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Talk of compromise at Augusta

Citigroup chairman Sanford I. Weill offered his guarded support to the women's group pushing Augusta National to admit female members.
Citigroup sent a statement Friday to the National Council of Women's Organizations, making Weill the first corporate executive to openly favor the group's bid, the New York Times first reported Saturday.

Weill "expressed his views to the Augusta National Golf Club and will continue to engage in what he hopes will be a constructive dialogue on this issue, toward an objective that he believes we share with your organization," Citigroup said in the statement signed by the company's director of public affairs. "However, he respectfully intends to keep this dialogue private."

"I respect the notion of trying to work something like this out in private," Martha Burk, chairwoman of the NWCO, told The Associated Press on Saturday.

Burk said, however, she would like an assurance that an agreement will be reached soon.

"It's pretty easy to say `We're working on it,' but that can go on for months and even years," she said.

Citigroup was a sponsor of the Masters, but was dropped along with IBM and Coca-Cola in August as the club tried to shield the companies from the controversy. Without sponsors, CBS' Masters coverage will be the only commercial-free telecast in sports.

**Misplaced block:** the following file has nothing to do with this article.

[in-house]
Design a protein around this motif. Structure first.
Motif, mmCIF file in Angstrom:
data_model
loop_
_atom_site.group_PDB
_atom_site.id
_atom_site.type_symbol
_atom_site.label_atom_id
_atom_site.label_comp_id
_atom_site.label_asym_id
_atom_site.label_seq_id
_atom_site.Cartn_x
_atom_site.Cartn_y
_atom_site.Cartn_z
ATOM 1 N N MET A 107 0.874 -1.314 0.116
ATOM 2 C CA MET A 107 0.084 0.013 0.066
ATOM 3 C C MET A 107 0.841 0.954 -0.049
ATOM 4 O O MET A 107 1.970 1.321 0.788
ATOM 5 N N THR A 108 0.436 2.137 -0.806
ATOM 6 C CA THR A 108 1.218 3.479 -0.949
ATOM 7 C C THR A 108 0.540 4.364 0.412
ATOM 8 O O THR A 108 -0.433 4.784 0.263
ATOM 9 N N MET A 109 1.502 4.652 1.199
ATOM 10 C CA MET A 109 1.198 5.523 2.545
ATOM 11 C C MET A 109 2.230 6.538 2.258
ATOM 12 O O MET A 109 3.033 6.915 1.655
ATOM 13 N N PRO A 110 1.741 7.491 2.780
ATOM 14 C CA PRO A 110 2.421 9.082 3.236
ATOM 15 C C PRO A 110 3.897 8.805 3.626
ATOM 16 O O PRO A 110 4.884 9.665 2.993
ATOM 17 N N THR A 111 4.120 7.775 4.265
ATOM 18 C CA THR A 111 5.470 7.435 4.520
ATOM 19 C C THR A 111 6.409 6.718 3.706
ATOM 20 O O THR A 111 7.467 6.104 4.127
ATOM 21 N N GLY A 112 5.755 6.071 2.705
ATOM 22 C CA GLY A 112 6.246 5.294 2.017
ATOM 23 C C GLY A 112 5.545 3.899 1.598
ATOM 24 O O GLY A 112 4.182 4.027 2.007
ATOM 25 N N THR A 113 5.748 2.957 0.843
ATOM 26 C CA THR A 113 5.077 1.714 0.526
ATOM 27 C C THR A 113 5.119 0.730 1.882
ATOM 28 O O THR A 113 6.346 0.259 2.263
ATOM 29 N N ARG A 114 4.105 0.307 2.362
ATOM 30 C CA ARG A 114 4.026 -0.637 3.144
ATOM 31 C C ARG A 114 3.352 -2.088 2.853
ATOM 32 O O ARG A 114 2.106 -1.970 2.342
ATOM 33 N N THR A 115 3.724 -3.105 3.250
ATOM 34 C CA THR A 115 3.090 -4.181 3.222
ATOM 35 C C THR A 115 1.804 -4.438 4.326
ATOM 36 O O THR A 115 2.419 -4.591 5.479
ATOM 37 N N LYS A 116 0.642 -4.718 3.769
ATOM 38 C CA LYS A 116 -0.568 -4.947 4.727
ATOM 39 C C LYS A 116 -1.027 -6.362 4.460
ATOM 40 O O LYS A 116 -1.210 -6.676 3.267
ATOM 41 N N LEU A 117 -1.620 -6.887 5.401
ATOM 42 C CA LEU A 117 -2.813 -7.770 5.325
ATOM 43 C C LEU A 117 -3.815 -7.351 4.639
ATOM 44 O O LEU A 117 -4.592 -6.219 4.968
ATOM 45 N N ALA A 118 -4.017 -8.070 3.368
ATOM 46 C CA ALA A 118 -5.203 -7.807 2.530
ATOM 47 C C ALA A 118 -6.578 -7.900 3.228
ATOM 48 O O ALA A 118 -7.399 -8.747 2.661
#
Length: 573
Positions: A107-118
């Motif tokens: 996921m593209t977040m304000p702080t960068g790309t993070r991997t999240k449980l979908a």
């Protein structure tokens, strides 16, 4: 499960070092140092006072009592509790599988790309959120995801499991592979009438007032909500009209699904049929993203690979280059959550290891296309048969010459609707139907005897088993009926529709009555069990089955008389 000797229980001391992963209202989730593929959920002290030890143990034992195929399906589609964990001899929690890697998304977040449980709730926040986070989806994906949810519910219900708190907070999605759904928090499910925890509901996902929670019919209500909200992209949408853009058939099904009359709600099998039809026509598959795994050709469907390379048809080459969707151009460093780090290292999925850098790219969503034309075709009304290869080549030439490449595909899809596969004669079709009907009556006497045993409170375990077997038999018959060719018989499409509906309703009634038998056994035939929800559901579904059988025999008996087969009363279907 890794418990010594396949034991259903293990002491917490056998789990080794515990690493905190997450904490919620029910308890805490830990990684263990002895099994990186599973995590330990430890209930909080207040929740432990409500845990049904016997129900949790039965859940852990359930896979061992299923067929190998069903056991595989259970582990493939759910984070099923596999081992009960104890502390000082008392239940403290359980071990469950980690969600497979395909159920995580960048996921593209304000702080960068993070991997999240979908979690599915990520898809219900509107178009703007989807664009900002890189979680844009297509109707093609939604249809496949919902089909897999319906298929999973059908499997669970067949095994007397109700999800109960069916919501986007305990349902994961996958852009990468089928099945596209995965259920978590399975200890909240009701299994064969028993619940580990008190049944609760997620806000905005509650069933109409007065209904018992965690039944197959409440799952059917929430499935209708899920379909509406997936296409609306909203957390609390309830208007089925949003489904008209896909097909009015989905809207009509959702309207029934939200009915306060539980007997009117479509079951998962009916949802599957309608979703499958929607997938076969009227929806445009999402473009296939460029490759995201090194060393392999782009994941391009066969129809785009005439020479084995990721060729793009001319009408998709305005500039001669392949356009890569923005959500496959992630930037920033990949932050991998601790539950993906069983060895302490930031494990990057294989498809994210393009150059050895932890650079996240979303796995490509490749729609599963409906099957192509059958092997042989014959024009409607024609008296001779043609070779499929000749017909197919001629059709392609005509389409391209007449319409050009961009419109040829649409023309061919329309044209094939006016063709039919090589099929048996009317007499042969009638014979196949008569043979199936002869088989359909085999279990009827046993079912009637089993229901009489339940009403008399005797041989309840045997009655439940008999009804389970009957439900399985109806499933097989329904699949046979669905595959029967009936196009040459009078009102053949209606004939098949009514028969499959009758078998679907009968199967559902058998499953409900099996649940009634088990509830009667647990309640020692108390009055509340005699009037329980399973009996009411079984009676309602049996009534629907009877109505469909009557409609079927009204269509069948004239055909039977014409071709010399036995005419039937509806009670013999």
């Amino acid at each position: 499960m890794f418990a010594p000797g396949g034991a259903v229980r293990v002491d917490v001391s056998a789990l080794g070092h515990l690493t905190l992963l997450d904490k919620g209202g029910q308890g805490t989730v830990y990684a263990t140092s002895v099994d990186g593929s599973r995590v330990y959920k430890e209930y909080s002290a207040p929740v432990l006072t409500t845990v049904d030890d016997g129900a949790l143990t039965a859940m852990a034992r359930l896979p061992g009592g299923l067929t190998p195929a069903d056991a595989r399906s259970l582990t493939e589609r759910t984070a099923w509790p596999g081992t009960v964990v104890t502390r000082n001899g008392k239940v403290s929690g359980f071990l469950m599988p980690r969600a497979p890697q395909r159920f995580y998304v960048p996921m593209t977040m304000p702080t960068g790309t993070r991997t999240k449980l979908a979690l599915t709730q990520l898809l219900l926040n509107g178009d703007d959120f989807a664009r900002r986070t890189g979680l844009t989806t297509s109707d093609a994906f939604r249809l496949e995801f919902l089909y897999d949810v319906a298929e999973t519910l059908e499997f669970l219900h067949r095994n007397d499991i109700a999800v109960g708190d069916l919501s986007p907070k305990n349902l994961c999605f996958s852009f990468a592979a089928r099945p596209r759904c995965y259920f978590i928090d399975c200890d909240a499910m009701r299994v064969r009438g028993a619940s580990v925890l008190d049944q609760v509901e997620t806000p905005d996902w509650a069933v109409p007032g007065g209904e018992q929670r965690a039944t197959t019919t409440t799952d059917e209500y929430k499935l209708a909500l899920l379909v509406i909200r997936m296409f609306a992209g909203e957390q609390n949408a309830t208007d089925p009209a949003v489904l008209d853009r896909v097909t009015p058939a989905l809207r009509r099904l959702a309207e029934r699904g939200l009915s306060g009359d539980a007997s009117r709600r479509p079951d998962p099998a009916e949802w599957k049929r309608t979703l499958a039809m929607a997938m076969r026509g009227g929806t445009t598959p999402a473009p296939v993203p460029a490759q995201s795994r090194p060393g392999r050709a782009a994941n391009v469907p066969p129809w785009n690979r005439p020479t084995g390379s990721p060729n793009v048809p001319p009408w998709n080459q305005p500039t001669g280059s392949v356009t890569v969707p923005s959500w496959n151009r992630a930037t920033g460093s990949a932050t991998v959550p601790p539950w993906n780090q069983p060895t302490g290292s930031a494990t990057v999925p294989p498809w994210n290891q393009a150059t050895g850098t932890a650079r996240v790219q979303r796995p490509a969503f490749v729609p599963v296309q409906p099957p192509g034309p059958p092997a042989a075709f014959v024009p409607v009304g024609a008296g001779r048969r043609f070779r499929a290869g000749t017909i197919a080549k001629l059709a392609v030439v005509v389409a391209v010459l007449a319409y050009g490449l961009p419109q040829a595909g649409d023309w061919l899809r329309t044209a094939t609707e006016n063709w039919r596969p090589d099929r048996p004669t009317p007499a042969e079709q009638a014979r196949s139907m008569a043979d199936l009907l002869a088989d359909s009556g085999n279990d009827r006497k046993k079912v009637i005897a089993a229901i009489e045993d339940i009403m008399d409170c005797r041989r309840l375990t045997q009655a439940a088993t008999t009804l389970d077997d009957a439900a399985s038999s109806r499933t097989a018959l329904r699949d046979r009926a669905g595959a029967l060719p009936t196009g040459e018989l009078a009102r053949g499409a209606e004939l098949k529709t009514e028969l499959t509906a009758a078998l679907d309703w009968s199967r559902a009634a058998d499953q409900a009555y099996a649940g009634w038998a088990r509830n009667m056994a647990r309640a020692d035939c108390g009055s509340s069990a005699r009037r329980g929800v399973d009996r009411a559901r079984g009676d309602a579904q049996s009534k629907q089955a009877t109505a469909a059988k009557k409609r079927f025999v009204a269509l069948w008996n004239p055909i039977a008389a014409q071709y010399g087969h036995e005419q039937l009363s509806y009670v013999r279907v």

Augusta National officials declined to comment to The Times on Weill's statement. Club chairman Hootie Johnson is recovering from heart surgery.

The newspaper reported that several Augusta National members, speaking on condition of anonymity, said other executives are pressing the club on the issue.

"There are maybe 20 members who feel that way, and a lot of them are highly motivated chief executives," The Times quoted a longtime club member as saying.

Burk said her organization has been contacting high-ranking executives who are members of Augusta, among them Warren Buffet, chairman of the investment firm Berkshire Hathaway and No. 2 on Forbes magazine's list of wealthiest Americans.

"We've probably sent 20, 22 letters," Burk said.

The friction began in June when Burk sent Johnson a letter urging him to invite women to join the Georgia club that opened in 1933.

Johnson has said the club has no exclusionary policies. While women often play at Augusta National, the club has not had a female member and a black did not join until 1990.

After issuing a three-sentence reply to Burk that said Augusta membership policies are private, Johnson blasted her intentions in a three-page statement to the media in which he said the club would not be "bullied" into taking a female member.


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